So Alan doesn’t like twitter?

ripening pears

So, Alan Titchmarsh doesn’t like twitter? Then he is missing out on the friendliest gardening communication channel there is and he is missing out on one of the best ways to share the successes and failures of gardening.

A little gardening knowledge can be very hard won and 140 characters is often all it takes to spread nuggets of advice to other gardeners. A lot of time is saved by asking the fantastic gardening community on twitter to help with horticultural problems.

Fascinating images posted by world class photographers, entomologists, botanic gardens and wildlife enthusiasts means every day is richer. We retweet these often because we just can’t resist such beauty and want to share our own love of the natural world.

Naturally this means we are very keen tweeters and are grateful to everyone who shares their pictures, answers queries or is just up for a chat about our favourite subject. You can follow us on @ewgardens for Ursula’s thoughts or the gardening team on @ewgardeners

In the spirit of our twitter world and for our twitter¬†and Facebook followers who do like to use social media or if you are just wandering around our website and stumbled across the blog, here are some of our late summer images and thoughts from the gardens which we hope you enjoy……

ripening pears

Beauty in the late summer garden has to be sought out. For sure, the rudbeckias, dahlias and gladiolus still look fresh in the Pickery, Our 80m long borders are designed to peak now with white phlox and asters (particularly this year when everything is so early) and the greenhouse is full of tomatoes and cucumbers but in the wider garden you might need to look a bit closer.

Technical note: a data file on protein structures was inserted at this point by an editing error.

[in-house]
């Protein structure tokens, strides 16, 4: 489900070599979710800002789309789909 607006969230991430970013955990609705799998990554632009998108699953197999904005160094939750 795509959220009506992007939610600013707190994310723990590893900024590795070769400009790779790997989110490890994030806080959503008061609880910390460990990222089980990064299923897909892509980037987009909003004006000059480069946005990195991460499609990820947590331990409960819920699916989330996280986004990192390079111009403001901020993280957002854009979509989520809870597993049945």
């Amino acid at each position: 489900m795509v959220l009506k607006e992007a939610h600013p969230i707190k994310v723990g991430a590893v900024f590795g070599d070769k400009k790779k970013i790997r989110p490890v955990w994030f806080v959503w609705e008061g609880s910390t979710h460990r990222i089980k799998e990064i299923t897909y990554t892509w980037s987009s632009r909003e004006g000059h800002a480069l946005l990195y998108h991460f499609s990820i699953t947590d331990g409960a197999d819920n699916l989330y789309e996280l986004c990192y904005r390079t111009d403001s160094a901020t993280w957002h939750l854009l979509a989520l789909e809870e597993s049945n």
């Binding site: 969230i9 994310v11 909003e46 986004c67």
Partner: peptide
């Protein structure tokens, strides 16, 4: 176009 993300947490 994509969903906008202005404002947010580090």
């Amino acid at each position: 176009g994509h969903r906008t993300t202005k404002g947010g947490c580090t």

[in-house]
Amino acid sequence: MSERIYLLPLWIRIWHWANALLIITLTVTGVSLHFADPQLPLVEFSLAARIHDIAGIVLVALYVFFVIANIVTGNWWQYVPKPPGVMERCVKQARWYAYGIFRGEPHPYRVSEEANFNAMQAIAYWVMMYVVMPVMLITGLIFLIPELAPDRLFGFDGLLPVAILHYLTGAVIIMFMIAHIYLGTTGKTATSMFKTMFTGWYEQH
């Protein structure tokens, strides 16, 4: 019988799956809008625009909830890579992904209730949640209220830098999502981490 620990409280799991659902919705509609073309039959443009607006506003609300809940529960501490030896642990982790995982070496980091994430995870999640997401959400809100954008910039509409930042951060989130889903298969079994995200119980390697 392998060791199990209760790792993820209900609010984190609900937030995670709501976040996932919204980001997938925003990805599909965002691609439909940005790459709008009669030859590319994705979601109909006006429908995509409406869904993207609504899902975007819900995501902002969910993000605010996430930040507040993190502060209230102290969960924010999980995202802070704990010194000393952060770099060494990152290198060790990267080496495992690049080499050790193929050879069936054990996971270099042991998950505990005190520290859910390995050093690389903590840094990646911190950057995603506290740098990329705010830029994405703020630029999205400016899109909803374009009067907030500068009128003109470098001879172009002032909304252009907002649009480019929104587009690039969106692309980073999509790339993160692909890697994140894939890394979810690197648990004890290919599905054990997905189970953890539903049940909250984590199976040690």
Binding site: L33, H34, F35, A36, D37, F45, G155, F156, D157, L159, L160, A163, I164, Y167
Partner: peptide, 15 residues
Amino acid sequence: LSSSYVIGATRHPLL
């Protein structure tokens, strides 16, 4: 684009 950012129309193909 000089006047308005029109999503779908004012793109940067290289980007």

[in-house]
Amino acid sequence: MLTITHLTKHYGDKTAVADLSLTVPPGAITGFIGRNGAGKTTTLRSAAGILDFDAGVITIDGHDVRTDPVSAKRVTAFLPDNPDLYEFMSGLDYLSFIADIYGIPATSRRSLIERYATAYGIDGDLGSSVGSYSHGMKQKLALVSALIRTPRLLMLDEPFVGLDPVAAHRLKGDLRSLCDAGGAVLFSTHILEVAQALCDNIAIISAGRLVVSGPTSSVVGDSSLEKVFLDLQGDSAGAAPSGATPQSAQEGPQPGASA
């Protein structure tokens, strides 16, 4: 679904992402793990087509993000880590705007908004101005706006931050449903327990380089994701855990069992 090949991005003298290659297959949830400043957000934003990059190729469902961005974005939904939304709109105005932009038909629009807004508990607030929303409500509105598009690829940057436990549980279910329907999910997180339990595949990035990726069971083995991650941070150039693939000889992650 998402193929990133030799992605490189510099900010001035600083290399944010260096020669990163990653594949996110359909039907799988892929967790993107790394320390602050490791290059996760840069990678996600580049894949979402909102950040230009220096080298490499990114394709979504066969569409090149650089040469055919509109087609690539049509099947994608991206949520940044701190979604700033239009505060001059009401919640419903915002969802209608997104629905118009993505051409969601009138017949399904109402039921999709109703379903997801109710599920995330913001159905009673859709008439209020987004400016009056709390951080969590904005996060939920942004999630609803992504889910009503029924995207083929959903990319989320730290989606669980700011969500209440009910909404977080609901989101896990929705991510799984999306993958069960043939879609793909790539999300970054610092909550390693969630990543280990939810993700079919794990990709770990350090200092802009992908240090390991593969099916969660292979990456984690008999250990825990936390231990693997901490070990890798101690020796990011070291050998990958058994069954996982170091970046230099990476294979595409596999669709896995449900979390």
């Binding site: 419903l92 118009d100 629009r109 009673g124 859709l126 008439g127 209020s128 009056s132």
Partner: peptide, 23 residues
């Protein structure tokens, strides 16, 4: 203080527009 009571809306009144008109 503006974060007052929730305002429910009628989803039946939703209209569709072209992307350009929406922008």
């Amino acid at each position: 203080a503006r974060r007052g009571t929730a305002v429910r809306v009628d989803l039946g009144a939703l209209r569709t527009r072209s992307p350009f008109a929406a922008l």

The Pickery

Take the two images below. The top one shows how flat the light has become and the grasses have taken on their familiar baked appearance. Gardening on limestone, this is an occupational hazard. As soon as the rain stops the colour drains from the grasses.The immediate impression is of a finished season but careful inspection reveals some surprising beauties. The violet colour of this late scabious is set off by the bleached grass behind. At any time of year, meadows benefit from this kind of close attention. Once the majority of the flowers have set seed all of this will be cut and harvested for hay.

meadows and verbascum
 meadow scabious summer terracesIn the Pickery, the sublety of the colours in this annual grass, Hordeum jubatum, reflects the changing season
hordeum jubatumAnd when the sun comes out, anything in the brown or beige spectrum, plants or not, look gorgeous backed by a deep blue sky. Here our sweet pea seed is drying in the greenhouse.
South Kesteven sweet pea harvest

Meanwhile, in the greenhouse next door, tender fruiting plants remind us that there is still plenty to look forward to in late August. We have been picking F1 cucumbers for the tearoom and the first of the tomatoes are now ripe. Our favourite is Tomato ‘Cuor di Bue’ or the Bull’s Heart Tomato. Big, heart-shaped and succulent, this is the ultimate tomato for ¬†tomato and mozzarella salads marinated in oil infused with the basil grown here too.

EWG 12.8.12 (79) greenhouse low res